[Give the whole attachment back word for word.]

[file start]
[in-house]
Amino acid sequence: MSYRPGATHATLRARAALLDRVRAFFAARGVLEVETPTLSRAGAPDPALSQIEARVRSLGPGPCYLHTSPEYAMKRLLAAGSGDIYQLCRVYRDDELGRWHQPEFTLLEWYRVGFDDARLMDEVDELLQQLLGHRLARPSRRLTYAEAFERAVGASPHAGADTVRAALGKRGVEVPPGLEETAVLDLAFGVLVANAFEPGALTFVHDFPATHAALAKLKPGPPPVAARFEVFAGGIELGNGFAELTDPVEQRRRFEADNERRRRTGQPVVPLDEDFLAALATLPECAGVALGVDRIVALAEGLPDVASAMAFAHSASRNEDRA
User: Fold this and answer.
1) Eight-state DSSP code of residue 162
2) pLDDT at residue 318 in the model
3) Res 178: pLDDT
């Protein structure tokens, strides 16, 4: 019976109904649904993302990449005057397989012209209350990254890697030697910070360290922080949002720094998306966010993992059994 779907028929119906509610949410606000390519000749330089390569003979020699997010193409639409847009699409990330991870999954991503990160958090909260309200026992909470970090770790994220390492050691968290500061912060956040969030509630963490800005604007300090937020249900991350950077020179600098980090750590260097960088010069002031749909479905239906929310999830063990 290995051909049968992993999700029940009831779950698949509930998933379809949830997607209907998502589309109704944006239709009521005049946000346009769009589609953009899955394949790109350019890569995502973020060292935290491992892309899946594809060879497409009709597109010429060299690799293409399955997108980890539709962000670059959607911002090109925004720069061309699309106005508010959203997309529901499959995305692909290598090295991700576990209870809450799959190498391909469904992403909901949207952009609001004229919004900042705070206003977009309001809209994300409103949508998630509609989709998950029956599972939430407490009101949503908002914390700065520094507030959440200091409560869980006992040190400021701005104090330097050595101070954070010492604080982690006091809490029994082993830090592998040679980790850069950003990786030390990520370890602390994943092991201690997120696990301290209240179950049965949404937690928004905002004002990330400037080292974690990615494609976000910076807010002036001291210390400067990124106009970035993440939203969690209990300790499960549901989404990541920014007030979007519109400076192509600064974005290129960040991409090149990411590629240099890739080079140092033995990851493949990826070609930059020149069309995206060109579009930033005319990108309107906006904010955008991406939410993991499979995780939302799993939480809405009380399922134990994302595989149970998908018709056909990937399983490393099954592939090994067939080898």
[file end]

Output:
[in-house]
Amino acid sequence: MSYRPGATHATLRARAALLDRVRAFFAARGVLEVETPTLSRAGAPDPALSQIEARVRSLGPGPCYLHTSPEYAMKRLLAAGSGDIYQLCRVYRDDELGRWHQPEFTLLEWYRVGFDDARLMDEVDELLQQLLGHRLARPSRRLTYAEAFERAVGASPHAGADTVRAALGKRGVEVPPGLEETAVLDLAFGVLVANAFEPGALTFVHDFPATHAALAKLKPGPPPVAARFEVFAGGIELGNGFAELTDPVEQRRRFEADNERRRRTGQPVVPLDEDFLAALATLPECAGVALGVDRIVALAEGLPDVASAMAFAHSASRNEDRA
User: Fold this and answer.
1) Eight-state DSSP code of residue 162
2) pLDDT at residue 318 in the model
3) Res 178: pLDDT
């Protein structure tokens, strides 16, 4: 019976109904649904993302990449005057397989012209209350990254890697030697910070360290922080949002720094998306966010993992059994 779907028929119906509610949410606000390519000749330089390569003979020699997010193409639409847009699409990330991870999954991503990160958090909260309200026992909470970090770790994220390492050691968290500061912060956040969030509630963490800005604007300090937020249900991350950077020179600098980090750590260097960088010069002031749909479905239906929310999830063990 290995051909049968992993999700029940009831779950698949509930998933379809949830997607209907998502589309109704944006239709009521005049946000346009769009589609953009899955394949790109350019890569995502973020060292935290491992892309899946594809060879497409009709597109010429060299690799293409399955997108980890539709962000670059959607911002090109925004720069061309699309106005508010959203997309529901499959995305692909290598090295991700576990209870809450799959190498391909469904992403909901949207952009609001004229919004900042705070206003977009309001809209994300409103949508998630509609989709998950029956599972939430407490009101949503908002914390700065520094507030959440200091409560869980006992040190400021701005104090330097050595101070954070010492604080982690006091809490029994082993830090592998040679980790850069950003990786030390990520370890602390994943092991201690997120696990301290209240179950049965949404937690928004905002004002990330400037080292974690990615494609976000910076807010002036001291210390400067990124106009970035993440939203969690209990300790499960549901989404990541920014007030979007519109400076192509600064974005290129960040991409090149990411590629240099890739080079140092033995990851493949990826070609930059020149069309995206060109579009930033005319990108309107906006904010955008991406939410993991499979995780939302799993939480809405009380399922134990994302595989149970998908018709056909990937399983490393099954592939090994067939080898």